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By midlandsmovies, Jan 27 2019 09:19AM



Back in My Day


(2018)


Directed by James Foster


A gentle old man opens the door to a policeman who states he is under arrest in a riveting start to new film Back in My Day from local filmmaker James Foster.


In his first non-student directorial debut, James Foster introduces us to our lead – a Father Christmas-bearded senior citizen who does nothing more than hang out his washing to dry and talk about his bridge club games.


However, an ominous plaster on the gentleman’s head hints upon a recent accident in the man’s life and the film lets the audience uncover the details of the mystery in a reverse narrative technique.


Edited akin to Nolan’s Memento (2000), the film plays out in reverse chronological order with each scene being set slightly before the previous one, forcing us to act as investigator to put the pieces of this mysterious puzzle together ourselves.


A time stamp in the bottom left corner of each sequence keeps the viewer informed of the progress of things which also helps clarify the twisting story.


As our elderly protagonist asks if mobile phones can be tracked we are somewhat lulled into a sympathetic position where it is assumed the man may be returning the lost item. However, there is a much more sinister truth to the short as we start to see the scenes unravel.


[SPOILER] What is revealed is that the man is part of a cult who has kidnapped a teen. And whose robes echo the group from Edgar Wright’s Hot Fuzz in fact. Unlike that cloaked cult, this short isn’t played for laughs however. A final (technically first) shot of the old man leading astray his young victim after dropping bread rolls from his shopping – Hansel & Gretel anyone? – is a dark finale to an intriguing short.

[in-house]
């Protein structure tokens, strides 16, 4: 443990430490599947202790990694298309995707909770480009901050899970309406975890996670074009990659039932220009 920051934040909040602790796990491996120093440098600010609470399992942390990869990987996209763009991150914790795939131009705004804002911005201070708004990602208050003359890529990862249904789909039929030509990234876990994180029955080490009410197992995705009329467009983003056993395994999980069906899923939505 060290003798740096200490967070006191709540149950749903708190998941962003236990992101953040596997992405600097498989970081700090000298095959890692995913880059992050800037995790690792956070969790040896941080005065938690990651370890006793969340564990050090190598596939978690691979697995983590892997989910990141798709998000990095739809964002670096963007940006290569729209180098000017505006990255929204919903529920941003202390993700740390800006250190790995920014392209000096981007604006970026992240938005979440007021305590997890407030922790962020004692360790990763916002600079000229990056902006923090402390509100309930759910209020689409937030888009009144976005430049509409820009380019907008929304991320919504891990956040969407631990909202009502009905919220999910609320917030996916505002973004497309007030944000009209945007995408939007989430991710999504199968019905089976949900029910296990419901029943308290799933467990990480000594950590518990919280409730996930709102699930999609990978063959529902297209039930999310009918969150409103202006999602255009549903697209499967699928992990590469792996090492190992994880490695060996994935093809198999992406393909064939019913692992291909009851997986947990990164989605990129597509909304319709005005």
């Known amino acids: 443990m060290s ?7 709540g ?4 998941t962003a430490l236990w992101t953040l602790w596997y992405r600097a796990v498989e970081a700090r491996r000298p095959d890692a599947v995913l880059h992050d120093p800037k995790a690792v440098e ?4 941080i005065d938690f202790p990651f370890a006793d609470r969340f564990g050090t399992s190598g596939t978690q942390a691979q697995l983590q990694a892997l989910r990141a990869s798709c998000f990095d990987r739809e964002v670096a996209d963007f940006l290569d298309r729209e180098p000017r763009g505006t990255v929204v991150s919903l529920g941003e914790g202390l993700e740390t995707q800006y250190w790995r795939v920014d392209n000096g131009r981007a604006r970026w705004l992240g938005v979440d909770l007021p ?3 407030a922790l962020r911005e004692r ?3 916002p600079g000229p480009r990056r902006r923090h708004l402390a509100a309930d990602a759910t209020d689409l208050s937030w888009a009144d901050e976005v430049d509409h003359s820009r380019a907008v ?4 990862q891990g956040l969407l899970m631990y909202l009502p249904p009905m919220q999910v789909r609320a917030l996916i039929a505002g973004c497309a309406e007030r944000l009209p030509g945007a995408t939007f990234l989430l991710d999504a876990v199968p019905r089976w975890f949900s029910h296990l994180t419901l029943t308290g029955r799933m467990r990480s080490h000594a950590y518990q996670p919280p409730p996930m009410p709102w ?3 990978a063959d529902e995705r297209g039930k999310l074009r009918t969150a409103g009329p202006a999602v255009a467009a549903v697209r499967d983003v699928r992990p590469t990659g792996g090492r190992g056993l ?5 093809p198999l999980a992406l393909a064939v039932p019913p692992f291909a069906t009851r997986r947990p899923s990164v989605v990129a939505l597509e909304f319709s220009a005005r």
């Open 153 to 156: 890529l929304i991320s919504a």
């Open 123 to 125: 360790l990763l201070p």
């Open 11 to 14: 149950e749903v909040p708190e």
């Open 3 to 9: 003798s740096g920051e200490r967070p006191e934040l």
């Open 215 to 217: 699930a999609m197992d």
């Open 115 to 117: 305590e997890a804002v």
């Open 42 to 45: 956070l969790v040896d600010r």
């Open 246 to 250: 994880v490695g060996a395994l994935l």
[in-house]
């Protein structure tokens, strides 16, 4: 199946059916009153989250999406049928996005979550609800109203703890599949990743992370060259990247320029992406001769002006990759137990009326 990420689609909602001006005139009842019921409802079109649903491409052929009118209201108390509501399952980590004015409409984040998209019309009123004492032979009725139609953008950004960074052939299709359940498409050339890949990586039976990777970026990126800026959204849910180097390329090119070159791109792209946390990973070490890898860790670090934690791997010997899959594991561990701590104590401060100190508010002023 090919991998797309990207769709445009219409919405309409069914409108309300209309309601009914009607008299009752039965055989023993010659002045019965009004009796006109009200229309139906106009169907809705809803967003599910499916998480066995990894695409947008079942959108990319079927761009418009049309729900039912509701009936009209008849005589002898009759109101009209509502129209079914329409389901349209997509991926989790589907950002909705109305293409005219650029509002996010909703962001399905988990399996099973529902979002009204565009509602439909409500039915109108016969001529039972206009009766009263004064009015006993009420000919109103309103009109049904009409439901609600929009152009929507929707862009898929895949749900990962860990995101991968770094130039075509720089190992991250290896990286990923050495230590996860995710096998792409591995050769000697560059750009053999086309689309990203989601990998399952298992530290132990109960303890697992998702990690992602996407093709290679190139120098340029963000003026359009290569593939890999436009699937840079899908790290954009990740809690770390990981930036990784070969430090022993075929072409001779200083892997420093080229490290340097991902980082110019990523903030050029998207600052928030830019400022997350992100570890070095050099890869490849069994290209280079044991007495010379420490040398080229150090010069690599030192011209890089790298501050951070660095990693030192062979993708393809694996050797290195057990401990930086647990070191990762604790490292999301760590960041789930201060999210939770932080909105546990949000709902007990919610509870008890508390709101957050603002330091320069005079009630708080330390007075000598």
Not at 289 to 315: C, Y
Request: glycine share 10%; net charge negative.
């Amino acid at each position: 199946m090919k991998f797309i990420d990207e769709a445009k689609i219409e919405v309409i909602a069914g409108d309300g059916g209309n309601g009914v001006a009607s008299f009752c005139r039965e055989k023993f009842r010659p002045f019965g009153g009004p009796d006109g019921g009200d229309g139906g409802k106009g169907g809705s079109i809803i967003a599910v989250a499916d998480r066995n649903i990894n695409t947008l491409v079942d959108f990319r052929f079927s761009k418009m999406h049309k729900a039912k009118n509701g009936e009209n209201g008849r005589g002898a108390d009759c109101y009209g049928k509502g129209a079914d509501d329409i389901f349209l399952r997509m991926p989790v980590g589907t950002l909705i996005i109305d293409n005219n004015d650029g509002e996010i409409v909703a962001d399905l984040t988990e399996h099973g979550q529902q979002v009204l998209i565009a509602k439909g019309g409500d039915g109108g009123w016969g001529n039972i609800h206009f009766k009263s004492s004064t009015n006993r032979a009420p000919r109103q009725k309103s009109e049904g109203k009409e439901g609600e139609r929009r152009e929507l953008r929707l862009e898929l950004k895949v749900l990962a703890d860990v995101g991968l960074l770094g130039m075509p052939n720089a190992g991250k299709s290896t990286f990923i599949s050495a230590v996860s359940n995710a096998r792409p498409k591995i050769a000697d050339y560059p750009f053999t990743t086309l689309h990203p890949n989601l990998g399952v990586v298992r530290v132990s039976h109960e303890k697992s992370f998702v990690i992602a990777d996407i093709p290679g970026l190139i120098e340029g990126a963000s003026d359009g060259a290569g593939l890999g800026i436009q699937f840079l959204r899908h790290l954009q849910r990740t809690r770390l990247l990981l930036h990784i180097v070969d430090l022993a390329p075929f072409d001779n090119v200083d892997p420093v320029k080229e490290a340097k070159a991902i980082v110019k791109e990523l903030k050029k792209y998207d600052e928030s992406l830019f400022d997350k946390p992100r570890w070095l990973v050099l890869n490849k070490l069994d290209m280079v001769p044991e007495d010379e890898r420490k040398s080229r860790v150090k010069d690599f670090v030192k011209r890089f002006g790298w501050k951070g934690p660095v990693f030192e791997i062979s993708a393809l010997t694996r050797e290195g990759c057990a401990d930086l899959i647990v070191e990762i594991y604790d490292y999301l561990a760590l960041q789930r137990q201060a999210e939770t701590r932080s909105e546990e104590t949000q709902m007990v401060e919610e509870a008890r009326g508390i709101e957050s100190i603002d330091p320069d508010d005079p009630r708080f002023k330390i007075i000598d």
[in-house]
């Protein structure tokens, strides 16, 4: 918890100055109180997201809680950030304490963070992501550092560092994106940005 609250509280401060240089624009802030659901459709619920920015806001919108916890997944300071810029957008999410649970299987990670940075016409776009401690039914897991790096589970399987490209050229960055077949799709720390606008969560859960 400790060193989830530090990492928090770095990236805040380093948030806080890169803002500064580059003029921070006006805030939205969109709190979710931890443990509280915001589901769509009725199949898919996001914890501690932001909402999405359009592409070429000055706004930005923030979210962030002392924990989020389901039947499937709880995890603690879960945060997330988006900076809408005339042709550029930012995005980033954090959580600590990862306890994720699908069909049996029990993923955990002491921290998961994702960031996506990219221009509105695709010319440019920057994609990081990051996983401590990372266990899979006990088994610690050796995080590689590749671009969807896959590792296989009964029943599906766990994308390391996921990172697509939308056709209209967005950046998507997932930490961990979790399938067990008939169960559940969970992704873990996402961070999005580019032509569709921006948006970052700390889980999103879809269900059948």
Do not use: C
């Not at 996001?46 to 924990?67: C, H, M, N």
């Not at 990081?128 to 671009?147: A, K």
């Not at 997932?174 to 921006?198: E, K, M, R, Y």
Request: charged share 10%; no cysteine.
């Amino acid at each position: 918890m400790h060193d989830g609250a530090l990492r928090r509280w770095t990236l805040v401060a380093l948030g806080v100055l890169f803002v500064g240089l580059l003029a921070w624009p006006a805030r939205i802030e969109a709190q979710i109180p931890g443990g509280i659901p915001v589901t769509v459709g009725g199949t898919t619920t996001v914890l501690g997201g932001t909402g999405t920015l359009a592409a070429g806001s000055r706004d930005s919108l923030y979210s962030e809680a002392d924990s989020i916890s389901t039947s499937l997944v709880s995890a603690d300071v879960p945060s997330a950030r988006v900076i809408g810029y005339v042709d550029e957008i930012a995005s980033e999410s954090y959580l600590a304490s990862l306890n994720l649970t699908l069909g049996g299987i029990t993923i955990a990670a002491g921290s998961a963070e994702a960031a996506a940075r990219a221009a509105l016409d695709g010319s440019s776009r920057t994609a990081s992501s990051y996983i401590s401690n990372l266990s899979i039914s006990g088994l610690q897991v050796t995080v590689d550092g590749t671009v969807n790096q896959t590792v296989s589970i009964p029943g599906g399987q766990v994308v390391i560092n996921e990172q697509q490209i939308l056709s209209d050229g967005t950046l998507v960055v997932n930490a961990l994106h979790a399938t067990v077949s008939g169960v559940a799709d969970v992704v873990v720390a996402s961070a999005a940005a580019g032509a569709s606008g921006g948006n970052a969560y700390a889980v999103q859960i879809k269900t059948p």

The cast and crew of the film are based mostly in and around Lincoln, and the film itself was shot in Lincolnshire in the director’s home town of Scunthorpe keeping it suitably local. The 6-minute short tries to breathe new life into familiar themes, making our sympathies switch from pensioners being terrorised by your typical young hoodie-wearing tearaway to another horrific situation altogether.


Here the hoods are very much worn by the elderly group and the darkness is often just hinted upon in the short – but is an effective way of making your brain fill in the gaps.


An interesting dark puzzle of a film, Back in My Day plays on our notion of elderly victims and young perpetrators. And along with its different structure, delivers an effective story that inverts not just the narrative – but challenges our presumptions of certain groups to fantastic effect.


Michael Sales


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